Back in high school, a good friend of mind committed suicide. We all knew she was going through a though time. We all tried to help, but it wasn’t enough. We were young, we didn’t have the right set of tools, it easy to look back and say I should have done this or that.
She was a teenager, full time student, had a part-time job with lots of hours, was living on her own, had to pay rent, groceries, electricity, etc. She was struggling with grades and with payments. Her mother was in the hospital with terminal cancer. Her father was remarried and didn’t want her to move in with his new family. She had recently broken up with her boyfriend.
We thought that by passing all of our free time with her showing support it would be enough. The minute she was alone for 30 minutes, she hung herself.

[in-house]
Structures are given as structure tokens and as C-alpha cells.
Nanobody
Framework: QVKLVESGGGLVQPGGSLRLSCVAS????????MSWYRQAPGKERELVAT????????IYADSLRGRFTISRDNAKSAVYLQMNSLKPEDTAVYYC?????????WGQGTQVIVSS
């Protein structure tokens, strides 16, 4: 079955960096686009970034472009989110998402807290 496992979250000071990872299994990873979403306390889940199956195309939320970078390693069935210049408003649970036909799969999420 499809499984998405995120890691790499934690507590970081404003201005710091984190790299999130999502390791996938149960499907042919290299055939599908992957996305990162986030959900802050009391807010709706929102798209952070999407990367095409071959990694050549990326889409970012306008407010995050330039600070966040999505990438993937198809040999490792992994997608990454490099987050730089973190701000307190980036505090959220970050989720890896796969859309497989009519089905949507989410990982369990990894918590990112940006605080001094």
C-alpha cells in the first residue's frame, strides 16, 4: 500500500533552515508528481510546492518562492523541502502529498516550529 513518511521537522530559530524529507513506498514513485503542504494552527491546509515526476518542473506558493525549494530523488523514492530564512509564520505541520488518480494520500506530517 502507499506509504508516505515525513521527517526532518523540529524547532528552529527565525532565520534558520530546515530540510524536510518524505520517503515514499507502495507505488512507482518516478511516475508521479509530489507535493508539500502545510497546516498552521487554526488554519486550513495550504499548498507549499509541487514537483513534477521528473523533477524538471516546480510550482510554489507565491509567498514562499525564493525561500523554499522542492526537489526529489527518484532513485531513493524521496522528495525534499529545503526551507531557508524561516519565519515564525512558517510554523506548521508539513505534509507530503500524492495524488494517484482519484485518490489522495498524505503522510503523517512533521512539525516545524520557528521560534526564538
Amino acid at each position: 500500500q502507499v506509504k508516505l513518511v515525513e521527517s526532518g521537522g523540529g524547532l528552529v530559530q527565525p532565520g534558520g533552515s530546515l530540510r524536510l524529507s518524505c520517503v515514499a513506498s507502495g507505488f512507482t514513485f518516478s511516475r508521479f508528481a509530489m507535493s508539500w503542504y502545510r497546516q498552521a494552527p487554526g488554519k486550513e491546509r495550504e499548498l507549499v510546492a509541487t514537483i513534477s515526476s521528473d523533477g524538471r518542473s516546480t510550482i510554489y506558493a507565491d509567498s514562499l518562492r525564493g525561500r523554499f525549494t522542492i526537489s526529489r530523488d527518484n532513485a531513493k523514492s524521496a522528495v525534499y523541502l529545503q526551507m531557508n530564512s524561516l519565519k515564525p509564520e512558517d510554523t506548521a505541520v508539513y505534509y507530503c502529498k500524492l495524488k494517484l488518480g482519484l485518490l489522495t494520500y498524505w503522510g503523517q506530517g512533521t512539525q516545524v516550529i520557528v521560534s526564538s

At first, we were handling the funeral arrangement for the mother, but the dad stepped in and took over. He actually had a religious funeral arranged where the priest past half the time saying that our friend was going to burn in hell for committing suicide and passing all kinds of negative judgement for the taking the easy way out. Suicide isn’t easy. Depression isn’t easy. She couldn’t afford therapy. She couldn’t afford the time off to see a doctor. She had too much on her shoulder for a girl her age.
We were so mad at the priest and at her dad for looking down on her. Especially her dad who should have been there, who should have taken her in and taken care o
f her, instead of letting her fend for herself.
I wish things would have been different. I wish I could have been more help, but I understand why she chose suicide and I remember her fondly.
If you are feeling suicidal and do not know where to get help, here are a few options:
- Kids Help Phone – 1-800-668-6868 (Phone), Live Chat (online chat counselling)
- Canadian Association for Suicide Prevention: Find a 24-hour crisis centre
- Health Canada’s toll-free number for the First Nations and Inuit Hope for Wellness Help Line is 1-855-242-3310.